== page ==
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A Multimodal Intervention for Reducing Unnecessary Repeat Glycated Hemoglobin Testing

      Abstract

      Objectives

      Reducing unnecessary tests that do not enhance quality can promote health-care value. Glycated hemoglobin (A1C) is often ordered at a frequency exceeding the recommendation of once every 3 months. We conducted a quality improvement (QI) initiative aimed to reduce unnecessary repeat testing by 75% at a tertiary care academic hospital.

      Methods

      A retrospective baseline analysis was conducted on laboratory data from 2019 that enumerated unnecessary A1C tests, defined as repeat tests ordered within 60 days. A multifaceted change intervention with iterative plan–do–study–act cycles was introduced in March 2019 to educate providers and to automatically cancel A1C tests requested within 60 days. Monthly totals of A1C testing processed were plotted on statistical process control charts.

      Results

      In 2019, 11% of all A1C tests ordered were unnecessary. Between March 2020 and January 2021, 11% of the tests (N=14,247 tests) were unnecessary, of which 84% were cancelled with our intervention. Providers in cardiology and nephrology accounted for over half (55%) of the unnecessary tests ordered.

      Conclusions

      A 2-pronged approach informed by root-cause analysis, and comprised of gatekeeping and provider education, can effectively promote resource stewardship for reducing unnecessary A1C testing.

      Résumé

      Objectifs

      La diminution des analyses superflues qui ne permettent pas d’améliorer la qualité peut contribuer à promouvoir la valeur des soins de santé. La fréquence des ordonnances d’analyses de l’hémoglobine glyquée (A1c) excède souvent la recommandation de 1 analyse tous les 3 mois. Nous avons mené un projet d’amélioration de la qualité (AQ) qui visait à réduire de 75 % les analyses superflues d’un hôpital universitaire de soins tertiaires.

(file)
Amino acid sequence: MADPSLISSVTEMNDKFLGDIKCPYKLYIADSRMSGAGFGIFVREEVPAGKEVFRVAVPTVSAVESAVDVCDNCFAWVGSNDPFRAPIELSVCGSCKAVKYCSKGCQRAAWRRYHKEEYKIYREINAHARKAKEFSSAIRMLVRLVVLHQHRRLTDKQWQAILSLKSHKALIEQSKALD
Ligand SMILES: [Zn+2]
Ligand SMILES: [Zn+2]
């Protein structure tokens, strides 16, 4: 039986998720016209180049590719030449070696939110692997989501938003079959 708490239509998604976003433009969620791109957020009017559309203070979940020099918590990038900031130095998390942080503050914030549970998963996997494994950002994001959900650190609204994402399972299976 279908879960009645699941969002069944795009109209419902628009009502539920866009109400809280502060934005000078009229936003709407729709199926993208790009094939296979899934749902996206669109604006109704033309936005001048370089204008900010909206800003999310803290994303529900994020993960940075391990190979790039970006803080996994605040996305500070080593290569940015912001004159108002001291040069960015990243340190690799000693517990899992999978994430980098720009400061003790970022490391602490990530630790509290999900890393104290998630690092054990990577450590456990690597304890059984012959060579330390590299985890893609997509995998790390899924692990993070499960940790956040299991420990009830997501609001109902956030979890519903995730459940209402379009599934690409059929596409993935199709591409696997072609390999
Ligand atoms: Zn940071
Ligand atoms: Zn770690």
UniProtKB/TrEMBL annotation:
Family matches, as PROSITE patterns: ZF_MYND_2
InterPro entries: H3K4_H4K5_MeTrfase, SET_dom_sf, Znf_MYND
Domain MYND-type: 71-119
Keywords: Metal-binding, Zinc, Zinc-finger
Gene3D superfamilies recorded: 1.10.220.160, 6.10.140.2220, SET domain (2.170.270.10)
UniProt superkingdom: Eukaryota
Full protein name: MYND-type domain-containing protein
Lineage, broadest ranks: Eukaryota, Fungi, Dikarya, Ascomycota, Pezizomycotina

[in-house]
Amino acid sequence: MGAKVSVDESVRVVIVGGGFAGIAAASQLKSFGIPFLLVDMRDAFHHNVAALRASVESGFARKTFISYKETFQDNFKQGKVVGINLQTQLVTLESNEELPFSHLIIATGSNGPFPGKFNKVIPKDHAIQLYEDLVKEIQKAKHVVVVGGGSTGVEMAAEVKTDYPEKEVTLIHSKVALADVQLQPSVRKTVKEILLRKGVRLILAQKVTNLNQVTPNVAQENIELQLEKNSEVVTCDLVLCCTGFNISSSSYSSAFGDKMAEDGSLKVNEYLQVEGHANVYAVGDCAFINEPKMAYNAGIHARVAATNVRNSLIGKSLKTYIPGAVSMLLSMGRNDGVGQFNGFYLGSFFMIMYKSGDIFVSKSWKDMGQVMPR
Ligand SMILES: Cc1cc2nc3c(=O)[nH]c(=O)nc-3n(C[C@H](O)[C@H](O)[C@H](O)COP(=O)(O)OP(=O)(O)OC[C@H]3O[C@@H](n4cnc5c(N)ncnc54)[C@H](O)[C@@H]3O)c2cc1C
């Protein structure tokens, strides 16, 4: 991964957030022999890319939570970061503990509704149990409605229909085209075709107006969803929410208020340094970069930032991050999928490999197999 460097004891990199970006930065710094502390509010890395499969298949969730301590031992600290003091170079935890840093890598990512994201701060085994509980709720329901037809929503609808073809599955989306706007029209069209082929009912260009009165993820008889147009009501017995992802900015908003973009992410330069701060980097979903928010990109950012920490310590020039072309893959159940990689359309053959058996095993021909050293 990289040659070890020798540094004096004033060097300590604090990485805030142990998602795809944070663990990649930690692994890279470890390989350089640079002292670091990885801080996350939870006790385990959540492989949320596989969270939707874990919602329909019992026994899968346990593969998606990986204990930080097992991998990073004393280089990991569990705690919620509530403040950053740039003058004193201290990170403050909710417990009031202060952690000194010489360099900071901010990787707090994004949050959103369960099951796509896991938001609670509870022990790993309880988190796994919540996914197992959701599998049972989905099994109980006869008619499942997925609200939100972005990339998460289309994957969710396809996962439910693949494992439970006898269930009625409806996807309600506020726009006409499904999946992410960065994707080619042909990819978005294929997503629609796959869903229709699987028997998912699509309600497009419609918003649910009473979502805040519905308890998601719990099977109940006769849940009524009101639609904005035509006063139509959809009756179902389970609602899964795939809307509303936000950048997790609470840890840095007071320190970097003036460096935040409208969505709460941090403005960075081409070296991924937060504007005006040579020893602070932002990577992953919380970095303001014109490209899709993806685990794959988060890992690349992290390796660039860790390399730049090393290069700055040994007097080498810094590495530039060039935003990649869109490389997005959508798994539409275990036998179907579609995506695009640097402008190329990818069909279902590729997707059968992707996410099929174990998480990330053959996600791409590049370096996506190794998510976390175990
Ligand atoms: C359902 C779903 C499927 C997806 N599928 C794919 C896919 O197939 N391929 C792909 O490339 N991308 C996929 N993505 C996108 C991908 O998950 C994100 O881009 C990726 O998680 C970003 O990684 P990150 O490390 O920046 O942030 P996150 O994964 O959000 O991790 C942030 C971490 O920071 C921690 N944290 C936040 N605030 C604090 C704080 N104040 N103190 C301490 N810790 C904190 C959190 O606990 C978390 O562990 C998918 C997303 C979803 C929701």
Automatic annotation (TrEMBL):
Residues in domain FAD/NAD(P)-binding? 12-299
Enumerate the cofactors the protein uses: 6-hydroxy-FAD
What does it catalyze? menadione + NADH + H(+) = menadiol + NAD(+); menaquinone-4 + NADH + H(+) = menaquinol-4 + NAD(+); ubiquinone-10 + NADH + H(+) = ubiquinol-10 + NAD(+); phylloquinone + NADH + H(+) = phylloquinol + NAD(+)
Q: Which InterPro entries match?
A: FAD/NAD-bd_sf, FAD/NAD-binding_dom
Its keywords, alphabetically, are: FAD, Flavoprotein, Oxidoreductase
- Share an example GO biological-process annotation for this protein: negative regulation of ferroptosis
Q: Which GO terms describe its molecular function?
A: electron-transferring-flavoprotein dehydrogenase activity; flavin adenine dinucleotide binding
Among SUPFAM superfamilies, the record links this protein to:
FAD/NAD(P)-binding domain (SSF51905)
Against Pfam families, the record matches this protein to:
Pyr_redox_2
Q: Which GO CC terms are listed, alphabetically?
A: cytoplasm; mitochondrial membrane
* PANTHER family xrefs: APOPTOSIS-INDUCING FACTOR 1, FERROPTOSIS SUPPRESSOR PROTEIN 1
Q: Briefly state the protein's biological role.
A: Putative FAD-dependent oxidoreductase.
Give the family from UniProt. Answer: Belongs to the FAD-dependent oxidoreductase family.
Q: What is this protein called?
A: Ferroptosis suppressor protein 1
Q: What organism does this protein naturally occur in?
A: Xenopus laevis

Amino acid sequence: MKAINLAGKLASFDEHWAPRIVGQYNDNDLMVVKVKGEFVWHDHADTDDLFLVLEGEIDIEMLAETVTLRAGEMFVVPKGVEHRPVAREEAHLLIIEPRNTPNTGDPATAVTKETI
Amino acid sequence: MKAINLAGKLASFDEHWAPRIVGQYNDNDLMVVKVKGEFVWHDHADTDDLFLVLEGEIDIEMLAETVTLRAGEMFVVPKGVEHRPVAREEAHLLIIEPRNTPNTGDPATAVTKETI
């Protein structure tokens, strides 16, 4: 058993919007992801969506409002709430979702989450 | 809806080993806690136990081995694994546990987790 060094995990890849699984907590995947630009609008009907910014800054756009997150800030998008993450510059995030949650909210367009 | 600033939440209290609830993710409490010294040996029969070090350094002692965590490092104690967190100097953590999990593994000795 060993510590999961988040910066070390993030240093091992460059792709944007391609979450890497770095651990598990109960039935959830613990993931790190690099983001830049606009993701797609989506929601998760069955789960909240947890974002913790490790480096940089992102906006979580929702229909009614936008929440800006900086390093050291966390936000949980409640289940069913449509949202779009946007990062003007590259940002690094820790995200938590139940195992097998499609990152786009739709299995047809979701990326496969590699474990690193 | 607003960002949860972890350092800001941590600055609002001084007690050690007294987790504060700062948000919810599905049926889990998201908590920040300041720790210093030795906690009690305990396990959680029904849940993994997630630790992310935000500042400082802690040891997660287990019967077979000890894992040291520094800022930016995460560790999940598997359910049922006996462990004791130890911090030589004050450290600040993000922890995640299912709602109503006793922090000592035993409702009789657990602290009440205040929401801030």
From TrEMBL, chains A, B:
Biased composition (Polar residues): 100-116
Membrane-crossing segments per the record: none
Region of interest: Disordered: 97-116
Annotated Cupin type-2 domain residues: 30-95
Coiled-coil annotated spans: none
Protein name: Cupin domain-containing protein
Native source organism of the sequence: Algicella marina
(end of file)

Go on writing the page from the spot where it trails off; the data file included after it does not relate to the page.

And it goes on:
Méthodes

      À compter de 2019, nous avons mené une première analyse rétrospective des données de laboratoire qui énumérait les analyses superflues de l’A1c, à savoir les analyses répétées prescrites dans les 60 jours. En mars 2019, nous avons offert une intervention à multiples facettes pour tester les changements au moyen des cycles plan–do–study–act (PDSA) répétés afin d’informer les prestataires et d’annuler automatiquement les analyses d’A1c demandées dans les 60 jours. Nous avons représenté les totaux mensuels des analyses de l’A1c traitées sur des graphiques de maîtrise statistique des procédés.

      Résultats

      En 2019, 11 % de toutes les analyses de l’A1c prescrites étaient superflues. Entre mars 2020 et janvier 2021, parmi les 11 % d’analyses (n = 14 247 analyses) qui étaient superflues, 84 % ont été annulées grâce à notre intervention. Les prestataires en cardiologie et en néphrologie réalisaient plus de la moitié (55 %) des ordonnances d’analyses superflues.

      Conclusions

      Une approche à 2 volets fondée sur une analyse des causes fondamentales et constituée de contrôle de l’accès et d’enseignement aux prestataires peut promouvoir efficacement la gestion des ressources afin de réduire les analyses superflues de l’A1c.

      Keywords

      Mots clés

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